My Carfree Day – 2017

Yesterday it was World Carfree Day, so I donned my custom-made T-shirt and buried it and the rest of me beneath some waterproofs and set out on my bike for the day; no work to do (since I normally travel by bike), just a casual ride.

My destination was a particular hill near Beaumaris, Anglesey. Since living on the island I have visited the popular town a number of times; it is famous for its castle. Whizzing down the hill from Pentraeth is quite fun; getting back up it again takes a bit of work, or you can take the easy route out via the coast overlooking the Menai Bridge. A couple of times I have cycled through the nearby area called Llanddona, and last time I found myself travelling down a particularly steep hill when I head into Beaumaris that way. I thought “I’m going to have to cycle up that one day.”

Approx. 20 miles

I’d had this hill on my ‘bucket list’ along with one I’d failed to make it up on a first attempt when I was laden with panniers full of camping gear, but since that one is off the island and thus further away, I decided it made sense to tackle the Llanddona one first, and rather than keep putting it off, Carfree Day should be the day.

I wasn’t feeling particularly energetic when I set off on my soggy ride, and it wasn’t until reaching Beaumaris some 20 miles from home that the cobwebs cleared, or rather, I failed to acknowledge them.

I first made my way to the old Penmon Priory, and then turned back and headed in towards Llanddona proper.

Penmon Priory – picture c/o spalanz.com

Roads are pretty much always different when heading back in the opposite direction, and particularly since it had been a while since I had careered down the hill I was looking for, so finding the right one to head up wasn’t so easy, and whichever hill I did end up going up, turned out to be not so bad.

Continuing on my way I had decided I would stick pretty much to the coast on my way back towards Pentraeth, but I had decided against taking a map or printing one off Google, therefore, finding my exact route took some guesswork, but one can’t go too wrong on an island. Then, while travelling the little lanes that bless this area I came across a sign:

Not the actual sign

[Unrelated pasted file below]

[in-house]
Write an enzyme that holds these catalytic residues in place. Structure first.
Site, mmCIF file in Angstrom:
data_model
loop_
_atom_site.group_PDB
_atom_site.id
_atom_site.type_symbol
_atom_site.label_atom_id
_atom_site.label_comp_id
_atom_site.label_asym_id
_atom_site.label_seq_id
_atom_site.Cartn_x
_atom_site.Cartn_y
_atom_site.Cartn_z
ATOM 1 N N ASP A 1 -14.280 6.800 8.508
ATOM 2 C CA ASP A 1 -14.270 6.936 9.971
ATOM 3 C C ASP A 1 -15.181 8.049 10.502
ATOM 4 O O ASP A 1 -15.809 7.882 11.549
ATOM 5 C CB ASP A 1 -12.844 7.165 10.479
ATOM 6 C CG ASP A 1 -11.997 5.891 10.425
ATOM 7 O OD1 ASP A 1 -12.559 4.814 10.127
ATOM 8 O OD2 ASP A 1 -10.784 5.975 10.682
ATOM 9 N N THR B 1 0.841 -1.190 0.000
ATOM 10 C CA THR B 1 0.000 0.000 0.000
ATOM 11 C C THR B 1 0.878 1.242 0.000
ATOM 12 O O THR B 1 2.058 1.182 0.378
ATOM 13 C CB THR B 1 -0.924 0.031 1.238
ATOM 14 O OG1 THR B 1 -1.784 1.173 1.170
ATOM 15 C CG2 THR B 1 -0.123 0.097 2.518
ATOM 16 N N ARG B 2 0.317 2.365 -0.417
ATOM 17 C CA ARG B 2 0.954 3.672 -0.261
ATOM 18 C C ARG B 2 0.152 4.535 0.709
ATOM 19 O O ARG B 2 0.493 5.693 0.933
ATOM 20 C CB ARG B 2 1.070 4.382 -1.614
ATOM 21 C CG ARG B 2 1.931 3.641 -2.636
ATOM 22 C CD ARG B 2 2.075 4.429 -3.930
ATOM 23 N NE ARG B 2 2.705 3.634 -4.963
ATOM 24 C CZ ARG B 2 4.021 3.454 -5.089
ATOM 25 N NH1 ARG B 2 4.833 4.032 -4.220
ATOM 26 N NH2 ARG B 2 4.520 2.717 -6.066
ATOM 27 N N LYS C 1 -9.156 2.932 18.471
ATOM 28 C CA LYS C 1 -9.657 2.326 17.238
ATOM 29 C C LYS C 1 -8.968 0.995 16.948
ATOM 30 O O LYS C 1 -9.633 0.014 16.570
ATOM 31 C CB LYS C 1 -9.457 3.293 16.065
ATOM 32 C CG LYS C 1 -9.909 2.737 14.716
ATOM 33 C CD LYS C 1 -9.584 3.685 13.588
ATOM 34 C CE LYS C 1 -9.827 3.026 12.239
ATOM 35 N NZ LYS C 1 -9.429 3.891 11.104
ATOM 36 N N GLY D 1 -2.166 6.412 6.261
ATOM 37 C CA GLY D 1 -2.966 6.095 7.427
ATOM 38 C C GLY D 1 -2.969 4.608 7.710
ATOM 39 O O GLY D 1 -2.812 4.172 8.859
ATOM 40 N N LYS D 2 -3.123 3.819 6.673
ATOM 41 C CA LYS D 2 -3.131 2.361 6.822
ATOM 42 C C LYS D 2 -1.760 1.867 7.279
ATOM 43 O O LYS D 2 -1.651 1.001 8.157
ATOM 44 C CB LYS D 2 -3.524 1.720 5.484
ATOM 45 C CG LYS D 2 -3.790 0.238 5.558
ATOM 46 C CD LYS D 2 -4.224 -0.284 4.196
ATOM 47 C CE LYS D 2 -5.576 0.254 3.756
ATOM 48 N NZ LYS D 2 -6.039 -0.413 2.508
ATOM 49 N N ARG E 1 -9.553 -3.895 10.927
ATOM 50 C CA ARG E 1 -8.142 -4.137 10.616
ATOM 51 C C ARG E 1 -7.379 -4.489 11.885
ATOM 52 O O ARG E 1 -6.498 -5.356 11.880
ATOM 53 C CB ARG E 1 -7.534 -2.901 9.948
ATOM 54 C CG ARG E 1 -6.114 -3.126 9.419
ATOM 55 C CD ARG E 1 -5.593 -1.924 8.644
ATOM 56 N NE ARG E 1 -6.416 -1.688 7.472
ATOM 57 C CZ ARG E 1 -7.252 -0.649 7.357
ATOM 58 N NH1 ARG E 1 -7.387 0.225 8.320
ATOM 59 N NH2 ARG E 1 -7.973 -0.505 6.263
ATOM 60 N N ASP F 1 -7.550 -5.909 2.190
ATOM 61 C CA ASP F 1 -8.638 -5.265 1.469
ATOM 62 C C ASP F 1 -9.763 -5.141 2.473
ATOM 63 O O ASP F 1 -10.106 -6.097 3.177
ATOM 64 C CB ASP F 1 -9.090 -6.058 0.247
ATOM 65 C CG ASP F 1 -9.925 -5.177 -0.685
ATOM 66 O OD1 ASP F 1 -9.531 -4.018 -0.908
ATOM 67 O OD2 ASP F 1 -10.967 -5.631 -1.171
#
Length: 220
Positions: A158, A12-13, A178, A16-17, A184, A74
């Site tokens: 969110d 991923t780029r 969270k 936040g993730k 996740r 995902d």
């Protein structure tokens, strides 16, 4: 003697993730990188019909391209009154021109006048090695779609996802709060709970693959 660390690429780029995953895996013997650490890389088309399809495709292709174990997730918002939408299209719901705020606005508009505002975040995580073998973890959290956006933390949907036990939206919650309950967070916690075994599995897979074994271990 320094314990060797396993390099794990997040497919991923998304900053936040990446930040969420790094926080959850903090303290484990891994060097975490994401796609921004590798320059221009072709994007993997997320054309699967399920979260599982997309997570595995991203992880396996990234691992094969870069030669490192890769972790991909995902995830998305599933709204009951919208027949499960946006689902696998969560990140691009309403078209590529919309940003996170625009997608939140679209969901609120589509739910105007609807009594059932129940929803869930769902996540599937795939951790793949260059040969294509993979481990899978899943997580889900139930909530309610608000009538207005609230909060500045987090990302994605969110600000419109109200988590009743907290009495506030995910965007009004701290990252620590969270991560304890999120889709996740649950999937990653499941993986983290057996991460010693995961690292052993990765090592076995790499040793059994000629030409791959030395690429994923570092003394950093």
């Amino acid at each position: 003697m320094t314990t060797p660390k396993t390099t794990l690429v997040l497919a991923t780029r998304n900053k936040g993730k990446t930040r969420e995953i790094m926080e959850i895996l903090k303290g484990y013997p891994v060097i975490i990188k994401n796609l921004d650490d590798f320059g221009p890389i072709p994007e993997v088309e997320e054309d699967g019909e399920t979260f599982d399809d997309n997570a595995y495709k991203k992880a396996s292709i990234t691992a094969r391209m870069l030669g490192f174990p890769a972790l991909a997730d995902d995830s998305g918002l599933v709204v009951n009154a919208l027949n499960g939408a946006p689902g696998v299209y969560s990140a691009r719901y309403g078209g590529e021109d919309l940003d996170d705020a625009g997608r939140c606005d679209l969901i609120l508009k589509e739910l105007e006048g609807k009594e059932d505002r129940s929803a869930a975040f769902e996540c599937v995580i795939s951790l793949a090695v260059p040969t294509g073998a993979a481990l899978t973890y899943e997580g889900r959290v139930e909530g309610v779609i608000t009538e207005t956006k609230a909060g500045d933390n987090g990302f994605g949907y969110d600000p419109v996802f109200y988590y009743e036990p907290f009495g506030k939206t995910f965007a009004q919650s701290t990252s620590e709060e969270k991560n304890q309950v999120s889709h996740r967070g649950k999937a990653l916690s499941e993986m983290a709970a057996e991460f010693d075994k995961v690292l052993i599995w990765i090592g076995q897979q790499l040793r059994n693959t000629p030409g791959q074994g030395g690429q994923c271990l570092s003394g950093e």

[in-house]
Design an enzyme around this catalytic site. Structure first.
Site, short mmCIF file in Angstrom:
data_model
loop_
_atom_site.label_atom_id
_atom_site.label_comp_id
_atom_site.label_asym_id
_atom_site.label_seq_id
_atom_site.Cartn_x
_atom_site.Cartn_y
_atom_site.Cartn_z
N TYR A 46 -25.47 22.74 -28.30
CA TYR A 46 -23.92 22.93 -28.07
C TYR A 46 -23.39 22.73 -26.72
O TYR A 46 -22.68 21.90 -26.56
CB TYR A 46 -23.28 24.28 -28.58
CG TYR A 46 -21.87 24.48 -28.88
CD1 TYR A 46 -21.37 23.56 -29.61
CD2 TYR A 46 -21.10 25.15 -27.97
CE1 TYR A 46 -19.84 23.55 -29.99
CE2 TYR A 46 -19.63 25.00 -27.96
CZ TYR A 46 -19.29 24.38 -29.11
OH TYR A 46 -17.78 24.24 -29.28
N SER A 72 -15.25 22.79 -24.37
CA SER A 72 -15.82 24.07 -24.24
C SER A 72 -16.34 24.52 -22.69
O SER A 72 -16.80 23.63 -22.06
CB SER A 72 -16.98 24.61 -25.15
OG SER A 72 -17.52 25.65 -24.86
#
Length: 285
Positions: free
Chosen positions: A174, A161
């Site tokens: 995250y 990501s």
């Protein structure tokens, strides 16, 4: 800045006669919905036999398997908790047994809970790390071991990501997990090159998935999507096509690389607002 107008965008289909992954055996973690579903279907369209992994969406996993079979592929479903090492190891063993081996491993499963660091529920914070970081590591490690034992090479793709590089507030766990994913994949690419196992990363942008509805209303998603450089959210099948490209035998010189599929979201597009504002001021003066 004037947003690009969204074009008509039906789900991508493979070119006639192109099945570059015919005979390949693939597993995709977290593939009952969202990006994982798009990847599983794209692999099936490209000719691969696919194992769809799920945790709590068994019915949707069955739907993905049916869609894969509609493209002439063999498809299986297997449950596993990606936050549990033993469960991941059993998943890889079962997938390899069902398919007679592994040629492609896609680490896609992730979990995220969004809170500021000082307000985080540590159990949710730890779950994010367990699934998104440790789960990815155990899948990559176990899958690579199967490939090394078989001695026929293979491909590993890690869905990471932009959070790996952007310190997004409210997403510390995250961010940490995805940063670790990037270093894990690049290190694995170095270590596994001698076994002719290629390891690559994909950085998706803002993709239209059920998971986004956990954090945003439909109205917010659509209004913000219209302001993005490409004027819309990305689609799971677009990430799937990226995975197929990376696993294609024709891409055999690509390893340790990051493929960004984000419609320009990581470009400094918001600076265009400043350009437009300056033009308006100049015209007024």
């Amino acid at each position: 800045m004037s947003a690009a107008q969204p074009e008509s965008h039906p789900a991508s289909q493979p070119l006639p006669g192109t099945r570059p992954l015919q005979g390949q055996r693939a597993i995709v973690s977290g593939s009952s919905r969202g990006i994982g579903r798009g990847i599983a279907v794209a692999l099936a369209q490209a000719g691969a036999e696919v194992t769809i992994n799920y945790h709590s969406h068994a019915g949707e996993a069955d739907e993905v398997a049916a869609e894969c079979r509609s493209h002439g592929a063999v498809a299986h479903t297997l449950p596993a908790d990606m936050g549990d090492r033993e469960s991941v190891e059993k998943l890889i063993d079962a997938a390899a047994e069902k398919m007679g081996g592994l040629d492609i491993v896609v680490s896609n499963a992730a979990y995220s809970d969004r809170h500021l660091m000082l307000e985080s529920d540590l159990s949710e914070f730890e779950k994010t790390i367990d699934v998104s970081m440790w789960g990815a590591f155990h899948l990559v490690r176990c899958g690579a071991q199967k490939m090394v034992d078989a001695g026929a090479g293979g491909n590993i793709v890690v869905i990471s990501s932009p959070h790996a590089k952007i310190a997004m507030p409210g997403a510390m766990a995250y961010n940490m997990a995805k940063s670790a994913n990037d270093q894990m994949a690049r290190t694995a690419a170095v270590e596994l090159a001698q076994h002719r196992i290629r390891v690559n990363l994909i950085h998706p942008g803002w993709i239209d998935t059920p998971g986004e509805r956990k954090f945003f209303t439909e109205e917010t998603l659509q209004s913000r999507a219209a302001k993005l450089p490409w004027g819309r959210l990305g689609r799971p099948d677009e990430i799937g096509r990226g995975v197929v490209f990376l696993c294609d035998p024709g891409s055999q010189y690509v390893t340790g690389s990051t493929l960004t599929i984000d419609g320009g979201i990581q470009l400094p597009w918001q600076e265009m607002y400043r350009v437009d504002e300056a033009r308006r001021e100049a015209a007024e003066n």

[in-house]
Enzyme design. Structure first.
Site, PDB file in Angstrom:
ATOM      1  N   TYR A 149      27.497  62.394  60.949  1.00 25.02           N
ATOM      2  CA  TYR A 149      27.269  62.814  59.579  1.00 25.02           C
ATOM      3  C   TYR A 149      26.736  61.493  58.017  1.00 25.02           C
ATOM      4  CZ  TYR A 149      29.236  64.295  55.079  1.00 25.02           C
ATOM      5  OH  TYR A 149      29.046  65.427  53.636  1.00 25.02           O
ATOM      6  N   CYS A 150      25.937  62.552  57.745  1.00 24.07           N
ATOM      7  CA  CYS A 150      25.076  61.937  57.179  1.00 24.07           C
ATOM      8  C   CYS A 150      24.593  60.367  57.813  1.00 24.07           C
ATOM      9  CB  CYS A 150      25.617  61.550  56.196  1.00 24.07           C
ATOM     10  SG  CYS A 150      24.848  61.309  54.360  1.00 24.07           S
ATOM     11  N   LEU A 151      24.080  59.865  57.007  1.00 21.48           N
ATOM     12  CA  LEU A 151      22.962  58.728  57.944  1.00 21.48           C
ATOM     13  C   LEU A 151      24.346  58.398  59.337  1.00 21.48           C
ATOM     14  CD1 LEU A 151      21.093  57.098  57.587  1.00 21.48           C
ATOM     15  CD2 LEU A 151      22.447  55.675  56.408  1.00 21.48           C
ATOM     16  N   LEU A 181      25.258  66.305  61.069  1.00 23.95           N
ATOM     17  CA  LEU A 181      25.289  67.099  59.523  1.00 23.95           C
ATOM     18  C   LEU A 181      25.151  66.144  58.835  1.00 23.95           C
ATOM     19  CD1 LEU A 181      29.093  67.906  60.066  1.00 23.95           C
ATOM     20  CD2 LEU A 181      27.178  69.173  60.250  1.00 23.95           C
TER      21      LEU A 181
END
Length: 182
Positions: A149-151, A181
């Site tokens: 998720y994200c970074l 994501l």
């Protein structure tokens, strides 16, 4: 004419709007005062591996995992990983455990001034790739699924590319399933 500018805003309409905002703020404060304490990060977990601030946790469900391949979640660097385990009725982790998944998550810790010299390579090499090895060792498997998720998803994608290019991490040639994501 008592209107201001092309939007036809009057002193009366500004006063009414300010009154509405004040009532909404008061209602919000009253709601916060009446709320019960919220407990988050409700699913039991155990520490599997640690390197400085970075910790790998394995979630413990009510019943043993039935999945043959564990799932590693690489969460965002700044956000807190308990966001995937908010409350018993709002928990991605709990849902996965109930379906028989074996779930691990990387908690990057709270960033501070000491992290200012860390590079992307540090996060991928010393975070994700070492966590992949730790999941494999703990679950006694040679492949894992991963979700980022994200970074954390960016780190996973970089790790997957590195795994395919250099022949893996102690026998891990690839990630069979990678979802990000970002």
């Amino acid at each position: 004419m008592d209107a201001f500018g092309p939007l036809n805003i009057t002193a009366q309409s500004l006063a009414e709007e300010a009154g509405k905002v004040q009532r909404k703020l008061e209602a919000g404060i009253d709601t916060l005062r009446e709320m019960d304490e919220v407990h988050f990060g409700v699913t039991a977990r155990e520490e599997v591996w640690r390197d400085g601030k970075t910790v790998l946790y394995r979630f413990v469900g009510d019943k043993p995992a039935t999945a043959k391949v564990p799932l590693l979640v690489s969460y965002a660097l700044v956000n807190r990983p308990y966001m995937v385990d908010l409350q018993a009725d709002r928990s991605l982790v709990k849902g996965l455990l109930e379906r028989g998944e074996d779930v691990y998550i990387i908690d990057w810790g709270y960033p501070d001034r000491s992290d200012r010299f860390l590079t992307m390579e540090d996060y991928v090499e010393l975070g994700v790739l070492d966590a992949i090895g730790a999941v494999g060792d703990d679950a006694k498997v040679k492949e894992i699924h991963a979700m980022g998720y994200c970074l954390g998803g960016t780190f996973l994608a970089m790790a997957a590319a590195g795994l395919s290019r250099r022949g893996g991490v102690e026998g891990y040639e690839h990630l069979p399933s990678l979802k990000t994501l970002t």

35%
Keep in low gear

“35%!?” I thought to myself – “could this be the steepest bit of road on Anglesey!?” and I promptly selected such a gear, rather than stop and take a photograph of the actual sign because that would have totally ruined the moment. Thankfully I actually selected the right gear straight away, because one can occasionally pick a wrong one and be either cursing themselves at some point and/or having to stop and sort things out when meeting a hill they are ill-prepared for, a gear I call my ‘touring gear’ and one I hadn’t used since my romp round Scotland last year… and then I plodded on up.

Oh, my, and it was tough – I kept telling myself; “If I don’t make it then I’ll have to come back and do it again…” something I really didn’t want to do. There were a few little bends on the way up, and with it being so narrow there was no way to see how much more lay ahead. It couldn’t get any steeper though; my bike was already at a very strange angle – it’s peculiar to be standing up out of the seat yet have the handlebars up towards my face. And then a farmer came towards me in his pickup truck… thankfully he stopped to let me though; any hesitation on my part would have lead to me losing my very slow momentum and coming to an instant stop and thus I would have been walking the rest of the way up (which may well have been quicker, thanks to the silliness (but blessings) of the smallest front chain-rings on my bike). Surprisingly, having a vehicle waiting for me caused me to find an extra spurt of energy and somehow I sped up, a little at least; I hope the farmer was impressed, either that or he thought I was a nutter (I’ll accept either). And I made it; out of breath, throat and chest feeling coarse, and head dizzy either from hyperventilating or from the sudden change in altitude, or both.